#10: Dream about next year - I'm not sure why, but sometimes thinking about all of the fun things I plan on doing next year with my class gets my energy up.

#9: Plants - I love buying plants. All it takes is a $5 plant from the grocery store on my desk to make me a very happy person.

#8: 3 Minute Exercise Break - I do the plank position for 30 - 90 seconds. (I am around 40 seconds now, but I started at 10 seconds!) And then I do the wall sit for another minute. I stretch and feel fabulous. It takes under three minutes. I don't have to change my clothes and I feel great.

#7: Eat a cup of microwaved frozen spinach with an egg over easy on top - Protein, greens and health. What is not to love about that?

#6: Read a trashy magazine - I go to the store and buy something like People magazine and devour it.

#5: Turn off the TV, radio and especially the news - Life actually won't change if you take a media break for a few days, a week or more. I actually stopped watching TV (except for one trashy show a week) about 15 years ago. I don't miss it a bit. But, it can be great to take a break from the radio news and the newspaper at times.

#4: Take a bath - Before going to bed, run a nice bath. Add some bubbles or some aromatherapy. Ten minutes makes all the difference in the world.

#3: Write a thankful journal entry - Write three things that I am thankful for that have occurred recently in my life. Thinking about the positive makes me feel happy, refreshed and alive.

#2: Snuggle with my kids - Sit in bed, laugh, giggle, be silly and just act like a kid. It doesn't get much better than this!

#1: Smile - If all else fails, I just breathe in and relax my body. I breathe out and smile. Sometimes putting a smile on my face can light up my day.

Online classes I offer for teachers through

FIRST DAYS OF SCHOOL: From Stress to Success
SAVE TIME: Time Management for Your Teaching & Your Life

Tuesday, May 8, 2012

Get your students reading this summer!

You know that many students loose reading skills over the summer! Of course, the students who have the weakest reading skills tend to be the same students who don't open too many books during the summer. Those are the same students who are the most at risk for falling even further behind.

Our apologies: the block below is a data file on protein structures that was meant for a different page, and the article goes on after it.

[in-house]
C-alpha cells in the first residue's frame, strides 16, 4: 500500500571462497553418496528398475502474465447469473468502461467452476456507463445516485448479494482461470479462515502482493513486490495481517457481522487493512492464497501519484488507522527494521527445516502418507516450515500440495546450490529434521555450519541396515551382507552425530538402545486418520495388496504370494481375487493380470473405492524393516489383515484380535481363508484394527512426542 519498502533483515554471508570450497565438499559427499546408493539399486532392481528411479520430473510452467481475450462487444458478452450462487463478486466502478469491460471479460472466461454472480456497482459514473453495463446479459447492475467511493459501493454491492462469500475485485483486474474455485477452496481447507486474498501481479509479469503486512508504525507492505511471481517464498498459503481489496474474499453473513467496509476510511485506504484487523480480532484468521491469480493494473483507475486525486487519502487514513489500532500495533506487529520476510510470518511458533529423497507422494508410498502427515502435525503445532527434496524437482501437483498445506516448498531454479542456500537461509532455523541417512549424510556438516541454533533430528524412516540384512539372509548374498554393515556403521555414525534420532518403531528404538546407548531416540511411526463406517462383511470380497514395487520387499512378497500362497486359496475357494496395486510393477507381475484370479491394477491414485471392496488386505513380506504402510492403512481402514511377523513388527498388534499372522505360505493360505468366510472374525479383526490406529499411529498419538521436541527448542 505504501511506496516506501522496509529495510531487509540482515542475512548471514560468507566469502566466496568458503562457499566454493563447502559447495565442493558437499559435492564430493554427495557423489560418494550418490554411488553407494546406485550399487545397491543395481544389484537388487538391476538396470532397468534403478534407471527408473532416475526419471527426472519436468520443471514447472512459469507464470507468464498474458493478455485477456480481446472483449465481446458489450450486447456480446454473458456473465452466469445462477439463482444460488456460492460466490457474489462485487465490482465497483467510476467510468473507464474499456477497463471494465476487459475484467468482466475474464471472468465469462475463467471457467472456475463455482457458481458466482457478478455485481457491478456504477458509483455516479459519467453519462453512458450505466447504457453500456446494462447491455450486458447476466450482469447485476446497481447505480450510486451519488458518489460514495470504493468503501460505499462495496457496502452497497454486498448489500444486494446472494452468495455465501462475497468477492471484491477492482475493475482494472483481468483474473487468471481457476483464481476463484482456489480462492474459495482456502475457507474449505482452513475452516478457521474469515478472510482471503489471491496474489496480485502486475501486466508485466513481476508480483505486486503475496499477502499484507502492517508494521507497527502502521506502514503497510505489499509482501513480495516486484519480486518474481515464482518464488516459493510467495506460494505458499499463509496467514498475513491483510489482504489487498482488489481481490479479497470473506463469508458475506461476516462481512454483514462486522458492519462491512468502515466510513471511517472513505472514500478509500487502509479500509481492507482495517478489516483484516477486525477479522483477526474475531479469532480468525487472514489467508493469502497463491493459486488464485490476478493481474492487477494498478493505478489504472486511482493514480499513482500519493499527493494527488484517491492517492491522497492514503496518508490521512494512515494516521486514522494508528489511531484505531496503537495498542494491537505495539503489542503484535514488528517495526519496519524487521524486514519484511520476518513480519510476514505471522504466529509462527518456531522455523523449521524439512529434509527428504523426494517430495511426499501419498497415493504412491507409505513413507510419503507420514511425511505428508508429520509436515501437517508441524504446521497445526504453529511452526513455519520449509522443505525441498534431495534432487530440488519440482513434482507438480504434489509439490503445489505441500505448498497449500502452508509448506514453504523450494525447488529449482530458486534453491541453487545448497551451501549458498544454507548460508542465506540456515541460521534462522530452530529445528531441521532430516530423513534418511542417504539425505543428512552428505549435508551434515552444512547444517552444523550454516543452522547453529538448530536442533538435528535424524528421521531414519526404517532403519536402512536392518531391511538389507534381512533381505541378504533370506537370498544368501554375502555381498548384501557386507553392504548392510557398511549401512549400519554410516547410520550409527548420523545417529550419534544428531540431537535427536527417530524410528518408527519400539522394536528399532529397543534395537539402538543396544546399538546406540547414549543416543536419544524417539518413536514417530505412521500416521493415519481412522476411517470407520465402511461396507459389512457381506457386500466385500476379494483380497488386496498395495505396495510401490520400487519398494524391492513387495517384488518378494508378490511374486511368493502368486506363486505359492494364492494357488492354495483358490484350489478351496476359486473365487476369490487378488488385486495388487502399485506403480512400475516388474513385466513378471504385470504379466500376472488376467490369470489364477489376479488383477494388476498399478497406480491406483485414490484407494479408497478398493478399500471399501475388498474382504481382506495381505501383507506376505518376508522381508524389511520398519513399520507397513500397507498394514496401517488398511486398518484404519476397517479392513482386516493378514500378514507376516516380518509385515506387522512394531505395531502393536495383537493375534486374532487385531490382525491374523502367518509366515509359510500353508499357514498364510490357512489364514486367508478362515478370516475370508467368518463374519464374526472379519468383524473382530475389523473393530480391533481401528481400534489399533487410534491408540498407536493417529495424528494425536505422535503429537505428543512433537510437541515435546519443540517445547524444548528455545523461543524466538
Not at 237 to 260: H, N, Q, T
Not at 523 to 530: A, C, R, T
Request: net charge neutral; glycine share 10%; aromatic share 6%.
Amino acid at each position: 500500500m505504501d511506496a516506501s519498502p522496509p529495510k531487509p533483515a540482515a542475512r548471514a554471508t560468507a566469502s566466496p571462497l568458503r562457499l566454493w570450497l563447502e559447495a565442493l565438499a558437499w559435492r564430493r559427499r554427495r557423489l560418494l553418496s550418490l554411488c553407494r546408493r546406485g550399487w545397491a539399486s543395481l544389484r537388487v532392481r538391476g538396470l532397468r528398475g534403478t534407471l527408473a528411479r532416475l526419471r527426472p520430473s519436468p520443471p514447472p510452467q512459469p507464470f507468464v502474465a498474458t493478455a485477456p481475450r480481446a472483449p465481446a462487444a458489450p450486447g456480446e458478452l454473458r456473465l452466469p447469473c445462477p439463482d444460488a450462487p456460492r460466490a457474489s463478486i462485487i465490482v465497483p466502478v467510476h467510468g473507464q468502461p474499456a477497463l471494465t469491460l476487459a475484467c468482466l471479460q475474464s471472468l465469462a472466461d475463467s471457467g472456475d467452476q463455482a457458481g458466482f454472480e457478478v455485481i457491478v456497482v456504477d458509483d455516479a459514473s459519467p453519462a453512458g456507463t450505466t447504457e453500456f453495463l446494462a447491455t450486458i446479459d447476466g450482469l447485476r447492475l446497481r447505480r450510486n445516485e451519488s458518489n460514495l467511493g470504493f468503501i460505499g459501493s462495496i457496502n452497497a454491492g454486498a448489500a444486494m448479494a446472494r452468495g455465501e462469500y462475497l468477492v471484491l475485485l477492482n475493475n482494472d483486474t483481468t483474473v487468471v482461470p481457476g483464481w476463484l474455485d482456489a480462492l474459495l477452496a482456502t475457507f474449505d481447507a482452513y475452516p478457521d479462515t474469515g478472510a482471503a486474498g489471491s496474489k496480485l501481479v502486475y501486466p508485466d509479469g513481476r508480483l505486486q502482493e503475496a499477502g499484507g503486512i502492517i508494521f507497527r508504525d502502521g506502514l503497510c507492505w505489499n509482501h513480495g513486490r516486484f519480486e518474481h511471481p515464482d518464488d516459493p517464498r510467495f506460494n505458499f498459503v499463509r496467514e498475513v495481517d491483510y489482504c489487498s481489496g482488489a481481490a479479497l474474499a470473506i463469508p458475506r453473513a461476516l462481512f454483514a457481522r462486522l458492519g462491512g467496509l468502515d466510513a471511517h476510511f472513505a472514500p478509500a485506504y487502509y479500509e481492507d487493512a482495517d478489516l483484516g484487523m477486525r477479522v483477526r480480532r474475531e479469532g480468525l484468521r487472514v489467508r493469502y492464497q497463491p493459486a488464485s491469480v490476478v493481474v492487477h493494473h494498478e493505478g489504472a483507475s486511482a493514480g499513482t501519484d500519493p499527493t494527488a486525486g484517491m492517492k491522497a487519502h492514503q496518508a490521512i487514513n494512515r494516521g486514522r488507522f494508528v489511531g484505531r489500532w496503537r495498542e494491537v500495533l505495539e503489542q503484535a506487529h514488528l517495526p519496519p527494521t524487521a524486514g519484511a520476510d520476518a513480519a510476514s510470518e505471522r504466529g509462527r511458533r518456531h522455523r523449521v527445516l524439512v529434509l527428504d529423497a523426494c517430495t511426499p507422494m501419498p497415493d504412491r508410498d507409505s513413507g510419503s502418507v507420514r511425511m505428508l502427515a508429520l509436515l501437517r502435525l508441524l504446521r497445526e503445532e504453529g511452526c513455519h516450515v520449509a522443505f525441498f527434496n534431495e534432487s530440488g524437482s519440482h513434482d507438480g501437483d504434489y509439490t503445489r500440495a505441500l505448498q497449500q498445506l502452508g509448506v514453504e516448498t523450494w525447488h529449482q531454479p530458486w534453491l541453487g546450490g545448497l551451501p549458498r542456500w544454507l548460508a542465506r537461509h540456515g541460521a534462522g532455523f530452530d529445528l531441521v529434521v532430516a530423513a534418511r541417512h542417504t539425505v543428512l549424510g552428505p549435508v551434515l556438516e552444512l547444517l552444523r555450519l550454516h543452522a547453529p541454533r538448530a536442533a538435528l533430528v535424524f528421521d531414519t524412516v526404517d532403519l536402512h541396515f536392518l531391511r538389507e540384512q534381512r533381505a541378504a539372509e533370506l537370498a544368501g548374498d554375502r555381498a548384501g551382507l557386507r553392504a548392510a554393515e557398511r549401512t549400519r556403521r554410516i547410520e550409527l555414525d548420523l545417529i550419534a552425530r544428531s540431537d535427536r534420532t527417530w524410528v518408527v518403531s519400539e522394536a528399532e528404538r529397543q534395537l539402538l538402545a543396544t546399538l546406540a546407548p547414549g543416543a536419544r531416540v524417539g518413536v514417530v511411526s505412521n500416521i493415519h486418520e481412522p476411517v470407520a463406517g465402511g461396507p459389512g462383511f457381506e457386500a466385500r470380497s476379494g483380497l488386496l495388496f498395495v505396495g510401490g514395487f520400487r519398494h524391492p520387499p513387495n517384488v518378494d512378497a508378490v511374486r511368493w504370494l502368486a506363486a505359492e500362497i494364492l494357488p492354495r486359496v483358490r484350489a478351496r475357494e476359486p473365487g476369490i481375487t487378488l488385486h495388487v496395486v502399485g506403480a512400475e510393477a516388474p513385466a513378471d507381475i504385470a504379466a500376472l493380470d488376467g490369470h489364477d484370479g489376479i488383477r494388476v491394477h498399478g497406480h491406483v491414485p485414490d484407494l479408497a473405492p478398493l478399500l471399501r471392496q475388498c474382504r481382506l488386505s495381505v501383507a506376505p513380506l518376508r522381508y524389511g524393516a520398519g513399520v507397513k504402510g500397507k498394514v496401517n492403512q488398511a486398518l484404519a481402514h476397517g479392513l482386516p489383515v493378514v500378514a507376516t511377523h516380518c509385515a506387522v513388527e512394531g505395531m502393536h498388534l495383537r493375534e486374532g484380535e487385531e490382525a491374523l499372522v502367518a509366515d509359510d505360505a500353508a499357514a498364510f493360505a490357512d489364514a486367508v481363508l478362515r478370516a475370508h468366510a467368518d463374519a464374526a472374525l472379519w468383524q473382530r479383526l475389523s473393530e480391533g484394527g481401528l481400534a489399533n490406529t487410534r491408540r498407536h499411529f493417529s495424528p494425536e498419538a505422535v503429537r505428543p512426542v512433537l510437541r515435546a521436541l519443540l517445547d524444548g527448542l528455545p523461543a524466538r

So, what can you do?

Here are my top 5 suggestions:

1) Have students write down their goals. Have students write down when they are going to read, what books they are going to read, how many books they are going to read and what reward they will give themselves for reading. Have them share this goal with their parents and get it signed.

2) Make reading bookmarks that have information about online reading sites.  You might want to include Tumblebooks or some other free reading program online. Younger students can read with

3) Hold a book exchange. Have students bring in a book that they have loved, but no longer want to read and share it with other students in their classroom. Ideally, have students give a 1-2 minute book talk before exchanging the books.

4) Provide parents with a list of fun, enjoyable books to read out loud. Sometimes parents just need some help finding a good book for their kids to read.

5) Read students a Raphael story about summer reading. Sometimes a story is much more effective than telling students "you should read." Here is one of my Raphael stories: Raphael Stories

What about you?

I encourage you to read stories or books over the story to renew yourself and keep you excited about learning. Here is an online class from HOL on Renewing Yourself and Renewing Your Teaching.

HOL online classes I offer:

FIRST DAYS OF SCHOOL: From Stress to Success